Melissa Joskow / Media Matters

Rally coverage: September  

Rally dates: September 6 - Montana; September 13 - Missouri (canceled); September 14 - Mississippi (canceled); September 20 - Nevada; September 21 - Missouri; September 29 - West Virginia

Trump hosted four rallies in September (two additional rallies were canceled due to Hurricane Florence).

Fox’s live coverage of the rallies started to wane during the month, dropping from 100 percent in April through August down to about 65 percent in September. (Though the network has continued to stream every rally in its entirety on its YouTube channel.) Although the live coverage decreased, Fox sent two hosts to two rallies to “interview” Trump. During the September 6 rally in Billings, MT, Fox & Friends Weekend host Pete Hegseth conducted an interview “as part of a Trump campaign rally.” And at the September 20 rally in Las Vegas, NV, Sean Hannity hosted “a pre-game show … inside the arena.” CNN’s Brian Stelter described Hannity’s show as having “the feel of a pep rally, both for the crowd and for the audience at home.”


Melissa Joskow / Media Matters

Over the course of the month, Fox News aired only Trump’s September 29 weekend rally in West Virginia in its entirety. The network aired almost all of the September 6 rally, and about a quarter of the September 20 rally, but barely any of the September 21 rally. In total, the network aired nearly three hours of Trump’s September rallies. The airtime Fox gave to the president during this period was worth an estimated $4.4 million in advertising value, according to calculations by media monitoring service iQ media.

CNN and MSNBC didn’t carry any of Trump’s rallies live during September.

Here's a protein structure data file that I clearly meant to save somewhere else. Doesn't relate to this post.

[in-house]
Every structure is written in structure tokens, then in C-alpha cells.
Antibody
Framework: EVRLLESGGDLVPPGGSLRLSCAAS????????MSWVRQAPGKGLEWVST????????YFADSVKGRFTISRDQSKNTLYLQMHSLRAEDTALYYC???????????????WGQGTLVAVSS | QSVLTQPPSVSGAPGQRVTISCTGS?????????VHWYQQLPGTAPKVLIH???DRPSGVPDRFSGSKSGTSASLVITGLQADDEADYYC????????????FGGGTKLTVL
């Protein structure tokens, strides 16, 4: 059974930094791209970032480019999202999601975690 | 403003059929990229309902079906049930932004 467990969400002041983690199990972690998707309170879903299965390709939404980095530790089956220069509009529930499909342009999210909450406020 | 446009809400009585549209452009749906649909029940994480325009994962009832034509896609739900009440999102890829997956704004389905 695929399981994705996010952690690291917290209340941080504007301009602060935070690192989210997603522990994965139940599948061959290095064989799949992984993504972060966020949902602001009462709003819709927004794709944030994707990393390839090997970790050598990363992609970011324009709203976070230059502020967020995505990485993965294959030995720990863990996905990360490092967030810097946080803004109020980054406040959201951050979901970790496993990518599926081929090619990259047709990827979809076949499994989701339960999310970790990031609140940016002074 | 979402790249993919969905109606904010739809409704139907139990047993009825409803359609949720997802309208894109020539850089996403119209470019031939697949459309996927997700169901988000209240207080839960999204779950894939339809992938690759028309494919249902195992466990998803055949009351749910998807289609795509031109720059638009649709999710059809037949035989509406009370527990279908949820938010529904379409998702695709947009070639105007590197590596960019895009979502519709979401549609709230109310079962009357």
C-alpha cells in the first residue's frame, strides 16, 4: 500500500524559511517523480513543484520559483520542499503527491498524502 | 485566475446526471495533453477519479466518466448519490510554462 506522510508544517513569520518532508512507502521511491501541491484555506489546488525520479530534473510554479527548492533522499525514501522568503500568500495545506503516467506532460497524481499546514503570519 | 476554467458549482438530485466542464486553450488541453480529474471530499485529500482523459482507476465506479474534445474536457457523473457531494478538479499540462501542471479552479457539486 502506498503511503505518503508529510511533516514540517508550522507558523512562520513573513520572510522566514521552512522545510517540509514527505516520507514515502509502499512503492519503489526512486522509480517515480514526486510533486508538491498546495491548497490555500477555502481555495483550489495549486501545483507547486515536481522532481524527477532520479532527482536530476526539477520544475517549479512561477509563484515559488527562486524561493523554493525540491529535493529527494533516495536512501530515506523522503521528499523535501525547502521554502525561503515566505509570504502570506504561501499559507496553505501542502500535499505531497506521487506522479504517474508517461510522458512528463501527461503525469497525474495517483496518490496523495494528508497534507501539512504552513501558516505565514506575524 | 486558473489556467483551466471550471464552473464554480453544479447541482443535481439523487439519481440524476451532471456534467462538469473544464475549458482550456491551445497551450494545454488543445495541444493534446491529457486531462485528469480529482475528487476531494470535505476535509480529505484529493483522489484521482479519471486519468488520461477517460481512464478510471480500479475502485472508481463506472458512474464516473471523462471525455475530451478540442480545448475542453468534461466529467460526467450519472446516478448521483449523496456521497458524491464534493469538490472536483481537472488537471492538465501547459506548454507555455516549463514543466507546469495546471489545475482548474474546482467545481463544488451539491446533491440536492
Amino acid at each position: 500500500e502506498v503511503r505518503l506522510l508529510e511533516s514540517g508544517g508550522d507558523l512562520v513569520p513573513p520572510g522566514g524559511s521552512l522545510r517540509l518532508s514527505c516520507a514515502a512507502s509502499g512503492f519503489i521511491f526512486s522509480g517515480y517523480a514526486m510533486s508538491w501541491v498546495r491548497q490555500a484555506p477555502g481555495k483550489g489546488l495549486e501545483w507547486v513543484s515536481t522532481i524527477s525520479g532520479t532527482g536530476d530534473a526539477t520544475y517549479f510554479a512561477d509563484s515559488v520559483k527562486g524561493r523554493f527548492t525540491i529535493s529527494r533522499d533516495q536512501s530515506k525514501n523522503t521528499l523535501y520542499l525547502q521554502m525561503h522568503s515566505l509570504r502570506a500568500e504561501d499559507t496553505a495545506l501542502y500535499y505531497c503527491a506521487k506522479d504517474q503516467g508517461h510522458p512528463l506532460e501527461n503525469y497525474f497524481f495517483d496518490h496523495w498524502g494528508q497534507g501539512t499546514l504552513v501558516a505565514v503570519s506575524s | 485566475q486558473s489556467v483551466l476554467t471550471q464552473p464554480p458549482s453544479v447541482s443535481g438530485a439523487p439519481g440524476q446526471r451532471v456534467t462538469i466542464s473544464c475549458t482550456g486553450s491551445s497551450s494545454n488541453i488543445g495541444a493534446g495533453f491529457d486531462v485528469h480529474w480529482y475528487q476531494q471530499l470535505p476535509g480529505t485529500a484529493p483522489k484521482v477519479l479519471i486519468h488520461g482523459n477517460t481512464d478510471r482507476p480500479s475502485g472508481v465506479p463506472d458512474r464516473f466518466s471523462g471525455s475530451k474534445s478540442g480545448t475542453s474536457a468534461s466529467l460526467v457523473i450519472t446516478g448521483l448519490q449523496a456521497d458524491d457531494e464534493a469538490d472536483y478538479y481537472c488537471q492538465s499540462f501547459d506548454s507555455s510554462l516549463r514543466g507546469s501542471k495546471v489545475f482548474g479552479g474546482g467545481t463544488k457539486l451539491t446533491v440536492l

Melissa Joskow / Media Matters

Rally coverage: October to Election Day

Rally dates: October 1 - Tennessee; October 2 - Mississippi; October 4 - Minnesota; October 6 - Kansas; October 9 - Iowa; October 10 - Pennsylvania; October 12 - Ohio; October 13 - Kentucky; October 18 - Montana; October 19 - Arizona; October 20 - Nevada; October 22 - Texas; October 24 - Wisconsin;  October 26 - North Carolina; October 27 - Illinois; November 1 - Missouri; November 2 - West Virginia and Indiana; November 3 - Montana and Florida; November 4 - Georgia and Tennessee; November 5 - Ohio, Indiana, and Missouri

Trump hosted 16 rallies in October and 10 rallies in November leading up to Election Day. Fox’s rally coverage significantly dropped off as Trump’s rally schedule ramped up. The network aired only 19 percent of Trump’s rally time live in October, and just 5 percent of Trump’s November rallies.

Fox showed only seconds of the October 1 and October 2 rallies. Host Tucker Carlson acknowledged the October 1 rally was occurring, noting, “The president is speaking in Tennessee, we’re monitoring that speech, and we’ll go there of course if news occurs.” Fox aired 15 minutes of the October 4 rally and carried the entirety of October 6 weekend rally in Kansas live.

Breaking the mold for the first time since Media Matters started tracking, CNN aired portions of Trump’s October 6 rally live. The network cut to the rally twice, for a total of 16 minutes and 31 seconds of coverage.

Trump’s October 9 rally received almost no live coverage. Even though Trump praised Fox News and particularly its prime-time hosts during the Iowa rally, the network aired it live solely as a bumper before three commercial breaks, for a total of just 37 seconds. After this rally, in total Fox had aired 76 percent of Trump’s rallies since April.

Trump's October 10 rally garnered no live coverage. The president once again mentioned a Fox host during the event, touting Jeanine Pirro’s endorsement of a candidate, but the network barely even acknowledged that the rally was occuring. After the unaired rally, Trump called in to two Fox News shows, one that night and another the next morning. After the October 10 rally, in total Fox had aired 73 percent of his rallies since April.